Amidst a rising wave of anti-Muslim sentiment, local government opposition, and financial challenges, Moscow inaugurated a new $170 million mosque on September 23.
After ten years of construction, the Moscow Cathedral Mosque, capable of housing up to 10,000 worshippers, opened its doors to thousands of Muslims on the eve of Eid al-Adha–known as Kurban Bairam in Russia–a holiday commemorating the end of the hajj, the annual Muslim pilgrimage to Mecca.
Russian President Vladimir Putin, joined by President Recep Tayyip Erdogan of Turkey and President Mahmoud Abbas of the Palestinian Authority, addressed the rise of Islamic extremism in a speech given at the mosque’s opening ceremony.
Emphasizing the fundamental differences between the peaceful practices of Muslim worshippers in Russia and the extremist interpretation of the Qur’an advanced by the self-styled Islamic State (IS), Putin praised local Muslim leaders for their efforts in resisting propaganda.
“Their [IS] ideology is built on lies, on open perversion of Islam. They are trying to recruit followers in our country as well,” Putin said.
Some religious leaders believe that creating an environment for safe worship might prevent the increasing number of youth from flocking to IS and other extremist organizations. Despite the size and scope of the new mosque, it still does not provide adequate accommodations for the two million Muslims currently residing in Moscow.
With only six mosques in the entire city, people often congregate on the streets surrounding the mosques during major holidays. The council of muftis in Russia has suggested that every Moscow neighborhood have a mosque in order to handle the volume of worshippers.
Wary of frequent terrorist bombings since the early 2000s, many Moscow residents are exhibiting reservations about the opening of the mosque. The line between peaceful worship and the radical activities which Putin alluded to in his speech often becomes blurred amidst the chaos of terrorist attacks.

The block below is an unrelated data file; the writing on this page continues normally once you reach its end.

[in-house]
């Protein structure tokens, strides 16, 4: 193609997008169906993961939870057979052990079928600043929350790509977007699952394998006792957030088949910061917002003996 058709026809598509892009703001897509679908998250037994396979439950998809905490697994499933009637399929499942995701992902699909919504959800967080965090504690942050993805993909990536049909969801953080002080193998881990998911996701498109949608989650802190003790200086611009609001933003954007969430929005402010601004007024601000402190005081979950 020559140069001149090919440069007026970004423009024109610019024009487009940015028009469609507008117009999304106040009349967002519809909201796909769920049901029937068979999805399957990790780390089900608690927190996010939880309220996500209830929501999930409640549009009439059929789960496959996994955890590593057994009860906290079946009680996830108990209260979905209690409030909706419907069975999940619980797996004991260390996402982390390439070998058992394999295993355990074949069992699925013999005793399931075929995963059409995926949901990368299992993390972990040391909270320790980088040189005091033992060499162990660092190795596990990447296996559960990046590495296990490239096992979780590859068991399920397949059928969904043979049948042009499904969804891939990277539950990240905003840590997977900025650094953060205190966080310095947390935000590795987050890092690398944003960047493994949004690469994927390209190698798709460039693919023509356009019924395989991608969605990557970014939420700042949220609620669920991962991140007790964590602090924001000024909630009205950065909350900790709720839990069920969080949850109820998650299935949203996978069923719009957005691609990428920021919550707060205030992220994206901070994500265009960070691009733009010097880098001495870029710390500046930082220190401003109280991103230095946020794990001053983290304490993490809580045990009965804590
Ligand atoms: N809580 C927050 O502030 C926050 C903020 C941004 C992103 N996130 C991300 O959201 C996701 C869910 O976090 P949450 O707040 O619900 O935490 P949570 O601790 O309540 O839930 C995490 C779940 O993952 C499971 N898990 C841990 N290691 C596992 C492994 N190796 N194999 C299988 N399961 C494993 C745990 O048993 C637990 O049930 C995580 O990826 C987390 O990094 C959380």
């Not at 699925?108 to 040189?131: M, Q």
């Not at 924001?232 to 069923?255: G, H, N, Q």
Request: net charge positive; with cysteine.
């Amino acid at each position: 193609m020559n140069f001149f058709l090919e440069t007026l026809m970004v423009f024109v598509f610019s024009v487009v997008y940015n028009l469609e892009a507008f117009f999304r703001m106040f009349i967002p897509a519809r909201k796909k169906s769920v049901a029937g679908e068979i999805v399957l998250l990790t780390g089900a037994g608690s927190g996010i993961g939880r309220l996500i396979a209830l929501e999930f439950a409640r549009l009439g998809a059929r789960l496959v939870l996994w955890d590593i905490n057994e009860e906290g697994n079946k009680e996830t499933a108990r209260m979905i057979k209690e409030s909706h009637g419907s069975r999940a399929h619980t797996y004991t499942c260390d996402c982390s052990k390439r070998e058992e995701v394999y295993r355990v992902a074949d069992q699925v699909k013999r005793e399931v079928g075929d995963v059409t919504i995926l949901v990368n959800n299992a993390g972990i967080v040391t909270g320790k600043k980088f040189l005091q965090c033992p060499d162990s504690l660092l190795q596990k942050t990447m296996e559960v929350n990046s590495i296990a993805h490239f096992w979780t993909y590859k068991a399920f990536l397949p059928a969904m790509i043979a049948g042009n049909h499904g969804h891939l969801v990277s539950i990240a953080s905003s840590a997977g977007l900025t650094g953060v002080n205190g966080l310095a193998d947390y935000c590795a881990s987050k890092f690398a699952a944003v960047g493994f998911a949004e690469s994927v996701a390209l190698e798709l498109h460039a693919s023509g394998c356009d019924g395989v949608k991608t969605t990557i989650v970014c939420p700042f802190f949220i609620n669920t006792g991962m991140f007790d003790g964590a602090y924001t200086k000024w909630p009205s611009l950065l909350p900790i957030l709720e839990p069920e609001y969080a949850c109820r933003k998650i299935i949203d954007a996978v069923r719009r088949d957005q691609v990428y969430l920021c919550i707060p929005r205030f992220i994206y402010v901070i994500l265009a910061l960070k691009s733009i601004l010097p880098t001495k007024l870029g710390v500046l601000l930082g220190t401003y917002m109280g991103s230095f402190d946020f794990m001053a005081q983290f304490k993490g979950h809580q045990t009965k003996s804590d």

Although President Erdogan praised Russia’s efforts to promote diversity as a “vivid example of how to be good neighbors” at the inauguration ceremony, the public remains largely divided on the topic of religious tolerance, and hostility toward the Muslim population continues to be a prominent issue in Russia. The idea of “Russia for Russians” finds popular support among Muscovites, in spite of the country’s rich multiethnic history.
The widespread Islamophobia in Moscow is also fueled by its nationalist mayor, Sergei Sobyanin, who sought to ban the construction of new mosques in the capital. Claiming that the majority of worshipping Muslims are not Russian citizens but rather “labor immigrants,” Sobyanin promised to put an end to future mosque construction projects once the Moscow Cathedral Mosque was completed.
Yet the lengthy project saw no shortage of supporters. The Moscow Cathedral Mosque was financed entirely through the private sector, relying on a wealthy Russian businessman as well as generous donations by the Turkish government and the Palestinian Authority to complete construction. In light of the open hostility of Moscow’s mayor and the anti-Islamic sentiments prevalent among its citizens, the federal government sidestepped controversy over the financing of the project.
It remains to be seen whether Abbas’s hope for the new mosque as “a center spreading the spirit of peaceful coexistence of religions and peoples” will come to fruition.